Growing herbs from seed is an incredibly rewarding and inexpensive way to savor homegrown flavor fresh from your garden. Getting the seeds to sprout is generally the easiest step. However, there are a few other essential steps for successfully nurturing seedlings into mature and useful plants. This includes providing adequate light and water as the seedlings grow. But it also includes another important step—thinning, or reducing the number of seedlings to prevent overcrowding and to allow the strongest plants to thrive.
Thinning can be done in a number of different ways. Here are some common approaches.
Pluck. When seedlings are very young and not yet root-bound, you can gently pull out and remove less vigorous ones from your planting container. Depending on the type of herb you are growing, plan to thin down your containers to anywhere from two to five healthy seedlings.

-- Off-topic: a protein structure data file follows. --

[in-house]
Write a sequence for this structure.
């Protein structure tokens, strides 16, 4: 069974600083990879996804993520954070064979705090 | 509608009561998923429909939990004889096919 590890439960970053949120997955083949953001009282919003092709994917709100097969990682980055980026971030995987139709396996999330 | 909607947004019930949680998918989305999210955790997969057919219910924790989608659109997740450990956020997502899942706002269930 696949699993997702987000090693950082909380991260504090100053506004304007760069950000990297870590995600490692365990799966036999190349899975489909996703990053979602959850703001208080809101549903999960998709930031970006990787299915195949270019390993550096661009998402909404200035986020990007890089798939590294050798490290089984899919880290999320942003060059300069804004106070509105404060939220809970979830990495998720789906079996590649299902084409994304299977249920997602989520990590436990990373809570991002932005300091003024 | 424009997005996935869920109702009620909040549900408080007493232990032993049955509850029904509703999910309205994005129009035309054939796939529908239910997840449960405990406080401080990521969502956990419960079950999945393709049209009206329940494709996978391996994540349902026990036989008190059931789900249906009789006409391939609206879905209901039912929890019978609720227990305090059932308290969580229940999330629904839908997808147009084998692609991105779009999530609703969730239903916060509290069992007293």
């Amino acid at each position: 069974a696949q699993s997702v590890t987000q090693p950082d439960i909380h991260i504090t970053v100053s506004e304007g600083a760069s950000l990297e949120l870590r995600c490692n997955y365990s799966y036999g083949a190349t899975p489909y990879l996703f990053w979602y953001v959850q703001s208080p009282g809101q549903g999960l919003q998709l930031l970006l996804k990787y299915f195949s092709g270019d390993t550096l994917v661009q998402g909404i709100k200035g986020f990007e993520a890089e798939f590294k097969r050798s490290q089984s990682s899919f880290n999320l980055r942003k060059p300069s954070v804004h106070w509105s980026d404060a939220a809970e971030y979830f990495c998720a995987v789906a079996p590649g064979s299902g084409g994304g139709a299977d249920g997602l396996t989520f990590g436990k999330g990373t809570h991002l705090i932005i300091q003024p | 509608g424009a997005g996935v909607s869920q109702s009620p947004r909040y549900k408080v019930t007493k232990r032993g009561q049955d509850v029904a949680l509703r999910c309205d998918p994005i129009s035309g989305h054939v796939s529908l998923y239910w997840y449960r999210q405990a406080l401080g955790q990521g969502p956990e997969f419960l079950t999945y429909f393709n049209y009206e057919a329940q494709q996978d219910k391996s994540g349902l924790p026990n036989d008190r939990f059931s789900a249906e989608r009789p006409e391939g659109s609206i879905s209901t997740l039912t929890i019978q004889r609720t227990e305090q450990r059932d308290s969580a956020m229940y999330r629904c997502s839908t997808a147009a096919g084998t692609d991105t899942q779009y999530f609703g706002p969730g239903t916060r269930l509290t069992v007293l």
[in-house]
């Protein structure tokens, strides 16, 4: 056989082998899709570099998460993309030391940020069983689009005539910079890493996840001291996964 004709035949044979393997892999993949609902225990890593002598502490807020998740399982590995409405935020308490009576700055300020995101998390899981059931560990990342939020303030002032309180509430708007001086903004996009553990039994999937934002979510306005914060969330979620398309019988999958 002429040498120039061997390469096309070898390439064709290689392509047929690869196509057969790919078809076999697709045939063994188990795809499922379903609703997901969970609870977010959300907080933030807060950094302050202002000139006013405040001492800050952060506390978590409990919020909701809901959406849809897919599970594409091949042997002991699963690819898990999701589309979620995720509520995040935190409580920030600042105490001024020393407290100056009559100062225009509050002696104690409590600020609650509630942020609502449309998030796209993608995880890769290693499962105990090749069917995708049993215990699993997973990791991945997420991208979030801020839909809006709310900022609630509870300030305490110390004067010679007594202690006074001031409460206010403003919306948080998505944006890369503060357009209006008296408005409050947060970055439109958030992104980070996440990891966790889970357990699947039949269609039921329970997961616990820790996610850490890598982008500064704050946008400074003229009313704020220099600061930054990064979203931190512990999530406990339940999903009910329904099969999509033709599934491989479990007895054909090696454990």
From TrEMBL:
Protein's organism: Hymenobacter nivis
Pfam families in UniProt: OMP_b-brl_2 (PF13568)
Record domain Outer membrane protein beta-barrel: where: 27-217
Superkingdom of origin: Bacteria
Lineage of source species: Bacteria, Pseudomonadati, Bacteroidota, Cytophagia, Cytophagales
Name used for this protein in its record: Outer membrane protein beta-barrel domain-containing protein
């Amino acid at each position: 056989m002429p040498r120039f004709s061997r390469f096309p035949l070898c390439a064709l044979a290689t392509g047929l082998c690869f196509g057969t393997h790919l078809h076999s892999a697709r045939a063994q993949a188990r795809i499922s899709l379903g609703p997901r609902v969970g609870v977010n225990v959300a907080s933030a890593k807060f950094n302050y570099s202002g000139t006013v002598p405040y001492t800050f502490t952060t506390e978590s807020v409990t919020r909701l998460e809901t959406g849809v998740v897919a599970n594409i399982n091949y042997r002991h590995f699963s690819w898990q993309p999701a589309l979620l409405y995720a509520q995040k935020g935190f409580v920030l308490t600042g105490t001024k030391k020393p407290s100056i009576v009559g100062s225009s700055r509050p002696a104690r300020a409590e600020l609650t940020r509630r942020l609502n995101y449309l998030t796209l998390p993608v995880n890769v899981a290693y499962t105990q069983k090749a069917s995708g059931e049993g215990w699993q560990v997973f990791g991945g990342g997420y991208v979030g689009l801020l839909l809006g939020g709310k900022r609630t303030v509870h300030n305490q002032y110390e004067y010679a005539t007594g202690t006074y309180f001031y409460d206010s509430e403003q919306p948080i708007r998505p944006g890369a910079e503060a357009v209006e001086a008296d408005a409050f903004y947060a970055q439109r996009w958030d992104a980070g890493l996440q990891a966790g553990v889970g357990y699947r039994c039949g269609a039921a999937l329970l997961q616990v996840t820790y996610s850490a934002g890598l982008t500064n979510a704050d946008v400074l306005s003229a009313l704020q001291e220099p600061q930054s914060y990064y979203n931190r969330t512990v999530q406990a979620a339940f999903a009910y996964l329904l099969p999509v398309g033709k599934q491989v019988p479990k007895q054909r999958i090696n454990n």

Snip. Another way to thin is by trimming less vigorous seedlings all the way down to soil level using scissors. This method is especially useful if your seedlings are root-bound or heavily intertwined. Snipping the unwanted plants rather than plucking them prevents damaging the keepers.
Divide. When seedlings have established a healthy root system, they are strong enough to withstand an early division and transplanting. Simply water your seedlings, remove the soil clump from the container, gently split the clump into smaller clumps, and then transplant the clumps to other containers.
For more on how to thin herb seedlings, check out this video on thinning basil seedlings with kitchen garden expert Erin Walrath-Mariano.
Discover 8 Great Herbs Easily Grown from Seed.
—Jennifer Benner is content editor at Fine Gardening.
Photos: Jennifer Benner